Snails at vents – how many are there, and what do they feed on?

by Jan Steger

Soon after the discovery of lush life at deep-sea vents, it became clear that snails are very common in this fascinating ecosystem. Today, we know more than 150 different species from vents all around the world, and new exciting discoveries are made every year. Many of these snails do not occur anywhere else in the deep sea, and some live only in small areas. Such species may be endangered by future deep-sea mining. Within their remote habitats, however, certain snails such as vent limpets can be very common – up to 400,000 individuals were counted on a single square meter! This is possible only because vents provide large amounts of food to their inhabitants-they are flourishing oases of life in the vast deep sea. Scientists found that many snails feed on bacteria growing on the seafloor, and some can even filter food particles from the water. A few are carnivores that prey on other animals, or they consume animals that died. Unlike the mussels we encounter during the dives, snail primarily relying on symbiotic bacteria for nutrition are missing in our area, but occur in the south-west Pacific and Indian Oceans. During our expedition, we will explore different active and inactive areas on the volcano, and are looking forward to what kinds of exotic snails we will be able to collect and study.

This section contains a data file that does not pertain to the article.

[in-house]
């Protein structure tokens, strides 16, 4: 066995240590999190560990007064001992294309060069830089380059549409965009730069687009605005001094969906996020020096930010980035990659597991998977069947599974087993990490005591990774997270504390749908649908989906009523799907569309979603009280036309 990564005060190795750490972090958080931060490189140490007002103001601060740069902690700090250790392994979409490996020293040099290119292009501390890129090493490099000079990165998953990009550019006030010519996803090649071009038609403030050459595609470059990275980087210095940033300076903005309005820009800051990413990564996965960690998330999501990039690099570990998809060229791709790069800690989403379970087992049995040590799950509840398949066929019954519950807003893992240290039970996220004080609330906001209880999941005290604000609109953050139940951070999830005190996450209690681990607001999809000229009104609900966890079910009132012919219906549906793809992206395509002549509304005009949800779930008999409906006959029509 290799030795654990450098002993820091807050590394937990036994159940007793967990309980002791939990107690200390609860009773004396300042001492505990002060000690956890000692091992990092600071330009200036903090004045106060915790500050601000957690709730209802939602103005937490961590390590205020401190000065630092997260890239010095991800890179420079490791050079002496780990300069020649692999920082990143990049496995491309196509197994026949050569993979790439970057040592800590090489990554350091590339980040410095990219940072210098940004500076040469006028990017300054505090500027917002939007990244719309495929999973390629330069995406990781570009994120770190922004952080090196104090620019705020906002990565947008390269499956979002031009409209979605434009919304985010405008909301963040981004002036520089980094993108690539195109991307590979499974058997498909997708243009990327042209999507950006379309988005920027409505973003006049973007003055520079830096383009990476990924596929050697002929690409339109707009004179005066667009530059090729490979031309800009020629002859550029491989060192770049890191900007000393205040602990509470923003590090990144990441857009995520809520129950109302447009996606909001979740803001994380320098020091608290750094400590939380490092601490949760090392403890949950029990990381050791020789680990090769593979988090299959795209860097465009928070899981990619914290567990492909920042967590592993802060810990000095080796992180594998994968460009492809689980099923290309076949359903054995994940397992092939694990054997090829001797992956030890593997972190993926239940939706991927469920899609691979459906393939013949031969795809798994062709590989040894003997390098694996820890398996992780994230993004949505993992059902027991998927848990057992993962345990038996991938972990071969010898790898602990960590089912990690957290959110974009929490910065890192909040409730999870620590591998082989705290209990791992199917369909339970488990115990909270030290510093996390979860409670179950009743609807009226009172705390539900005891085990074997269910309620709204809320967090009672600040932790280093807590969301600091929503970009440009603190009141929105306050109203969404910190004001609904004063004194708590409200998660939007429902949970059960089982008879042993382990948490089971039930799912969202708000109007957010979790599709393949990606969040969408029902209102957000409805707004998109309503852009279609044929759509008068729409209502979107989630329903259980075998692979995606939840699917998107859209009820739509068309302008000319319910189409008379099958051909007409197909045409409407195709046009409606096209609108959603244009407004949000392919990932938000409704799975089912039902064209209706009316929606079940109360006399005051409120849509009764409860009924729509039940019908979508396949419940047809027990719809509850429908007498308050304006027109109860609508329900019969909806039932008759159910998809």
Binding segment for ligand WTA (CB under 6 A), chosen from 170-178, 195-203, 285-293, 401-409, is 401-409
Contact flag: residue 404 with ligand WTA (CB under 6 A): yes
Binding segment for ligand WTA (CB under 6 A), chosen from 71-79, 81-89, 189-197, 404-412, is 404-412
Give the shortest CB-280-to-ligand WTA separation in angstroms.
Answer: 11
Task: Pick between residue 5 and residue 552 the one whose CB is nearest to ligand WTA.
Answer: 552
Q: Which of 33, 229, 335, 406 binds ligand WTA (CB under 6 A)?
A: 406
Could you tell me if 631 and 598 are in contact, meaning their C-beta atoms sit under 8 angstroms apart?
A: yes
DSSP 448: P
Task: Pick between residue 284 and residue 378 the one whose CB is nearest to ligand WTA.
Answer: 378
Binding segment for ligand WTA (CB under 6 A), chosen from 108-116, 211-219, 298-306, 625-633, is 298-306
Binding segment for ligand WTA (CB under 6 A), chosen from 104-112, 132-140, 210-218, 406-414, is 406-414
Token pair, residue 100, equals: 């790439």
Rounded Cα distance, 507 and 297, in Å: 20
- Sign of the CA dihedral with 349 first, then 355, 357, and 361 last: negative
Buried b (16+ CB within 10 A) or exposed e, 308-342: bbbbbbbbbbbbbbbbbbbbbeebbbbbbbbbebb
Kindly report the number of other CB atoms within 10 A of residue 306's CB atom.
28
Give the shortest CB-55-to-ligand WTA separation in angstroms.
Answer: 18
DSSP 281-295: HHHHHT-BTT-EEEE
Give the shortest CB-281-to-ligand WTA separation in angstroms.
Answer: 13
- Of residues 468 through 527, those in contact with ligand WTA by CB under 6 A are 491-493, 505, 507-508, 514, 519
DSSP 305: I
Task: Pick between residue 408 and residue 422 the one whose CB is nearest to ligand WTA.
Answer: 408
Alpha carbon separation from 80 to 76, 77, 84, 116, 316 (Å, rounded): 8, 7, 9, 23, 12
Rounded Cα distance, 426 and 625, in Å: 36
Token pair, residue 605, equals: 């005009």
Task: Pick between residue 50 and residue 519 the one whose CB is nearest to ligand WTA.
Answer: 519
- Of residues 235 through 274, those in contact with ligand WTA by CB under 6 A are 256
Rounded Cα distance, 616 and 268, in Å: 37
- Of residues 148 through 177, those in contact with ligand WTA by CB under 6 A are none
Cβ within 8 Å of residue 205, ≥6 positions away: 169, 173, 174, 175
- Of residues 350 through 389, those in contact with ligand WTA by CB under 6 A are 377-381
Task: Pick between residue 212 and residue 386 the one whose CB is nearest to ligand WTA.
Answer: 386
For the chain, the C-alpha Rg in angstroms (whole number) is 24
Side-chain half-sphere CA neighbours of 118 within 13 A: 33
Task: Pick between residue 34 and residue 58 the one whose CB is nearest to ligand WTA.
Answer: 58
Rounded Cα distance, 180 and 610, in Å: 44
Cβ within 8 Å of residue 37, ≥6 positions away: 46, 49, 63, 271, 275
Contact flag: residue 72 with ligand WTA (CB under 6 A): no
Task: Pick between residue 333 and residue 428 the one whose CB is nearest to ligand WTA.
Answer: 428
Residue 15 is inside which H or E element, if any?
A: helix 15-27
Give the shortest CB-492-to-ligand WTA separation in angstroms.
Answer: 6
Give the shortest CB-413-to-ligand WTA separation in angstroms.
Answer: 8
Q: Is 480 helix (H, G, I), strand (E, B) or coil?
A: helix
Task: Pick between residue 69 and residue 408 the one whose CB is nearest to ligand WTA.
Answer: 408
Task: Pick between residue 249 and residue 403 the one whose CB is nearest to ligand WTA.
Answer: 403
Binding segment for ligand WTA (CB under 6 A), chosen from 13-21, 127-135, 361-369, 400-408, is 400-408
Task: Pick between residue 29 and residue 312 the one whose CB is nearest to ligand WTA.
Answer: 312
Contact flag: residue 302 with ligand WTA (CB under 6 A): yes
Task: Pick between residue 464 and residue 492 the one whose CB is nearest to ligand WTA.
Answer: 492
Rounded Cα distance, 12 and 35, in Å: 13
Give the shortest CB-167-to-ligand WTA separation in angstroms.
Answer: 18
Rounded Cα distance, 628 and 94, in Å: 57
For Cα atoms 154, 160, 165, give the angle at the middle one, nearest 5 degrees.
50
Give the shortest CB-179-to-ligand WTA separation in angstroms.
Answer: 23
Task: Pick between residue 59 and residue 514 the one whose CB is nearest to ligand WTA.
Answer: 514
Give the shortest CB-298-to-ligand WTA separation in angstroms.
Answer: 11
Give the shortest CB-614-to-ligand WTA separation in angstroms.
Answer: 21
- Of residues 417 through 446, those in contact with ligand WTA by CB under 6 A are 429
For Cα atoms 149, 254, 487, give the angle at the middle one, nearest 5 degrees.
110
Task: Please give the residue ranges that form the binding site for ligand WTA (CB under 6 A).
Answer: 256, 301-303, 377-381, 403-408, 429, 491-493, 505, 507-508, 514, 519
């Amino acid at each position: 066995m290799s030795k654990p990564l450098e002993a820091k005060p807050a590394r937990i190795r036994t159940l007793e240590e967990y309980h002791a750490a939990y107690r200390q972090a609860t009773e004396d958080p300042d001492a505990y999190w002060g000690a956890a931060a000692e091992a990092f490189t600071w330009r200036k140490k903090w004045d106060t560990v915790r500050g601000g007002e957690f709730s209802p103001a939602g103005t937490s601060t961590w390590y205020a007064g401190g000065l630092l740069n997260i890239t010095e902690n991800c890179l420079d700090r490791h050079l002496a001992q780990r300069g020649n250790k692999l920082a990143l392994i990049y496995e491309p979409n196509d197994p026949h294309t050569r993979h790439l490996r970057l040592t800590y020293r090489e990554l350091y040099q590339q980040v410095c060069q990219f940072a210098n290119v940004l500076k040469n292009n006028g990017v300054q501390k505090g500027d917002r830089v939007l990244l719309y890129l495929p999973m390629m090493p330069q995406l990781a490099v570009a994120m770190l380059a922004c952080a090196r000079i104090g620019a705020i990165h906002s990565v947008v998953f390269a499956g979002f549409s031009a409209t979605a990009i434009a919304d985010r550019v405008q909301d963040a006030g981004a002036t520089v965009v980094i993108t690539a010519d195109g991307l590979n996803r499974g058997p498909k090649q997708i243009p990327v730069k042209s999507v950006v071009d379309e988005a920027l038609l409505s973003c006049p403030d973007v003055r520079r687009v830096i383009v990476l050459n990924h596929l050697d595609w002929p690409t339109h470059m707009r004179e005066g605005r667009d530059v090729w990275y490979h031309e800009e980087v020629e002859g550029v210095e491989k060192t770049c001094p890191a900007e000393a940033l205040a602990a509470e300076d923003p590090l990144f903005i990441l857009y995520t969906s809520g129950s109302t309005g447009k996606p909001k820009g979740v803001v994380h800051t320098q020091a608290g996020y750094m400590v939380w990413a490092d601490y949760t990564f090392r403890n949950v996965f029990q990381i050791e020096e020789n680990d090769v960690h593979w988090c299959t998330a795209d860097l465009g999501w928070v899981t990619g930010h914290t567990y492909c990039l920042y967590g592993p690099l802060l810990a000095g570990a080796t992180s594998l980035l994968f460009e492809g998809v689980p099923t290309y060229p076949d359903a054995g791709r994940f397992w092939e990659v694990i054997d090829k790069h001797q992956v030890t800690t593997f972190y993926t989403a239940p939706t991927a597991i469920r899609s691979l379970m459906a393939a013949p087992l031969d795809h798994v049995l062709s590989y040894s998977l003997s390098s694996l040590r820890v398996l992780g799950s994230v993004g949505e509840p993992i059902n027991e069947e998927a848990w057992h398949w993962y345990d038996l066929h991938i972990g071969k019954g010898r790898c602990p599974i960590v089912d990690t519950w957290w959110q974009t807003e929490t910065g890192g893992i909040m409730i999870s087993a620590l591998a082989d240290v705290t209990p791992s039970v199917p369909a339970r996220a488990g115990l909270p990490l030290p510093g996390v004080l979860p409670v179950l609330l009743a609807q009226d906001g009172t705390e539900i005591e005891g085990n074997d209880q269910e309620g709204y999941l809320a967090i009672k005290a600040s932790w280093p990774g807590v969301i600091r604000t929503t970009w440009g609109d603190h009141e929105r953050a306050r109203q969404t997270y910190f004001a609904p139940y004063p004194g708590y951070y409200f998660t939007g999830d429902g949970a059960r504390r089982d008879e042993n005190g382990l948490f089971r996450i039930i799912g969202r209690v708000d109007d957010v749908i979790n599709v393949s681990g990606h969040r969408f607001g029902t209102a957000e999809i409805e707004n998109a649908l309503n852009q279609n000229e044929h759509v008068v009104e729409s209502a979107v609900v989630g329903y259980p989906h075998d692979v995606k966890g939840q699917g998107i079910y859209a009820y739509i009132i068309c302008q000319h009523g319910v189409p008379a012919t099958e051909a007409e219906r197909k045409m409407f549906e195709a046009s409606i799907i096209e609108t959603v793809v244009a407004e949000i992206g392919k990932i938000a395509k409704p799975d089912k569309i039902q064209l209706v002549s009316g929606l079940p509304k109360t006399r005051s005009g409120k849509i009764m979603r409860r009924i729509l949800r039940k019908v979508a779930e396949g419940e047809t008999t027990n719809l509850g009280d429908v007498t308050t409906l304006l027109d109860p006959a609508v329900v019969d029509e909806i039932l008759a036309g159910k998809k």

From SuBastian dive S0548 (Schmidt Ocean Institute, CC-BY-NC-SA 4.0)